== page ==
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HMRC internal manual

Insurance Policyholder Taxation Manual

HM Revenue & Customs
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Certificates for HMRC: time limits for delivery: general rules

The time limits for insurers to deliver certificates to HMRC reporting events and gains are different from those for delivering certificates to policyholders. An insurer always has at least as long, and in most cases longer, to report events to HMRC as it does to report to policyholders.

Although there is nothing in legislation to prevent an insurer reporting events to HMRC as soon as the event occurs, it is advisable for insurers to wait until the end of the insurance year (policy year) before issuing the certificate. This is because it makes it more likely that the details included are correct and will not need to be revised due to subsequent events or other information coming to light.

General rule

The general rule is that an insurer must deliver the chargeable event certificate to HMRC within three months of the end of the tax year in which the chargeable event occurred. In some circumstances, this general time limit is extended, as described below and in IPTM7200.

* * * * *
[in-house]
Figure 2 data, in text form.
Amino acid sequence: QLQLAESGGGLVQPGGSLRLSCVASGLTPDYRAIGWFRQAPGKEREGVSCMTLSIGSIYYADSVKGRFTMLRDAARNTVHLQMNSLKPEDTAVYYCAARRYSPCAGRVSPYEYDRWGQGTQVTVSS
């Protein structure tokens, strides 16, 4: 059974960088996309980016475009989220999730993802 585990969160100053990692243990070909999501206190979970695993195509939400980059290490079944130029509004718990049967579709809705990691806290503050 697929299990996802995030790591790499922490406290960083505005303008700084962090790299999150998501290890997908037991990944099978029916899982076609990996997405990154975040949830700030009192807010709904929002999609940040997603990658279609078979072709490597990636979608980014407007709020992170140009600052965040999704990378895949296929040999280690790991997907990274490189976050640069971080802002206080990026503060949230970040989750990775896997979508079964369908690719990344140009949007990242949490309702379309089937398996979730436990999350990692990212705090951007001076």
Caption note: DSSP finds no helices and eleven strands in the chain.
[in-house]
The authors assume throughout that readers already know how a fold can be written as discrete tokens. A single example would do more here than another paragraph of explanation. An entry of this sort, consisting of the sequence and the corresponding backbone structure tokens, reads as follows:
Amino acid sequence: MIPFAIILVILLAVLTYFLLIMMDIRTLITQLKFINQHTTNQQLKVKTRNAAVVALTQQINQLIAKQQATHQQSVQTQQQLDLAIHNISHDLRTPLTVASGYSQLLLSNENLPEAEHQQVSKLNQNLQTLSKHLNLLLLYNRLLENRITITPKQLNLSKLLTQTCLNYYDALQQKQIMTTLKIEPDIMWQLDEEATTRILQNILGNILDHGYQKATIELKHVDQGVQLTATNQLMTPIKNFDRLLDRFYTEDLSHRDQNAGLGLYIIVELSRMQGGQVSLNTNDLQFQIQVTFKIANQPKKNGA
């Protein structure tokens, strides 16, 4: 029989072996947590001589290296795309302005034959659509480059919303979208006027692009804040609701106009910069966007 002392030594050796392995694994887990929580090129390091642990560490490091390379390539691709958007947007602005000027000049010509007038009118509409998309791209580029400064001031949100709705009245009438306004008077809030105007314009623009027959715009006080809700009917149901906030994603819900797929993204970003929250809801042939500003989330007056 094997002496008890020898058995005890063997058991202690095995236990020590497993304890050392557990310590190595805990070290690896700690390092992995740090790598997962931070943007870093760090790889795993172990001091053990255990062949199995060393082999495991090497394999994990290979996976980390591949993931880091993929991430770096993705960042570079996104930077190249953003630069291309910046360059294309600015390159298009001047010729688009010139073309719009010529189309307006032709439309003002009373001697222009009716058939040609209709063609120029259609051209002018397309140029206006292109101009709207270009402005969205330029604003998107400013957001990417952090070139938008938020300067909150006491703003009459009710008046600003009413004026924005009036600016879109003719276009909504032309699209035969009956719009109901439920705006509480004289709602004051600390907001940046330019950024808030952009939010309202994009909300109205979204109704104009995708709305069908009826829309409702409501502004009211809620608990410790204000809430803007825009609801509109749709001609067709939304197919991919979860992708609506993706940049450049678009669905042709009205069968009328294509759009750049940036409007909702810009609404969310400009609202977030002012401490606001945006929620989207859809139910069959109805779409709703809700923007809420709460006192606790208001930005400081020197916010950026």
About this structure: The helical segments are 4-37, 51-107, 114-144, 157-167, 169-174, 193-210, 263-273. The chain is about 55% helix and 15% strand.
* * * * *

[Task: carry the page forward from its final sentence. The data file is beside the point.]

By ‘tax year’ is meant a year ended 5 April (previously known as a ‘year of assessment’).

Statutory extension for part surrender or assignment events

These are events under ITTOIA05/S514 (1) where a transaction-related calculation shows a gain. The equivalent events under previous legislation were chargeable events by virtue of ICTA88/S546C (7)).

Part surrender or assignment events can occur at any time during an insurance year, not just at the end of it, so under the general rule described in the previous section the time limit could be before the end of the insurance year. This may cause problems if there are subsequent events in the same insurance year which affect the earlier calculation.

Therefore, where there is a part surrender or assignment event, the insurer has until three months from the end of the insurance year in which the event occurred to deliver the certificate, if that date is later than that indicated by the general rule described in the previous section.

An example is where the event occurs on 25 January 2005 and the insurance year ends on 27 August. The event occurs in the tax year ended 5 April 2005 and three months after this is 5 July 2005, which would be the deadline under the general rule. But three months from the end of the insurance year in which the event occurs is 26 November 2005, so that is the latest reporting date instead.

Further reference and feedback IPTM1013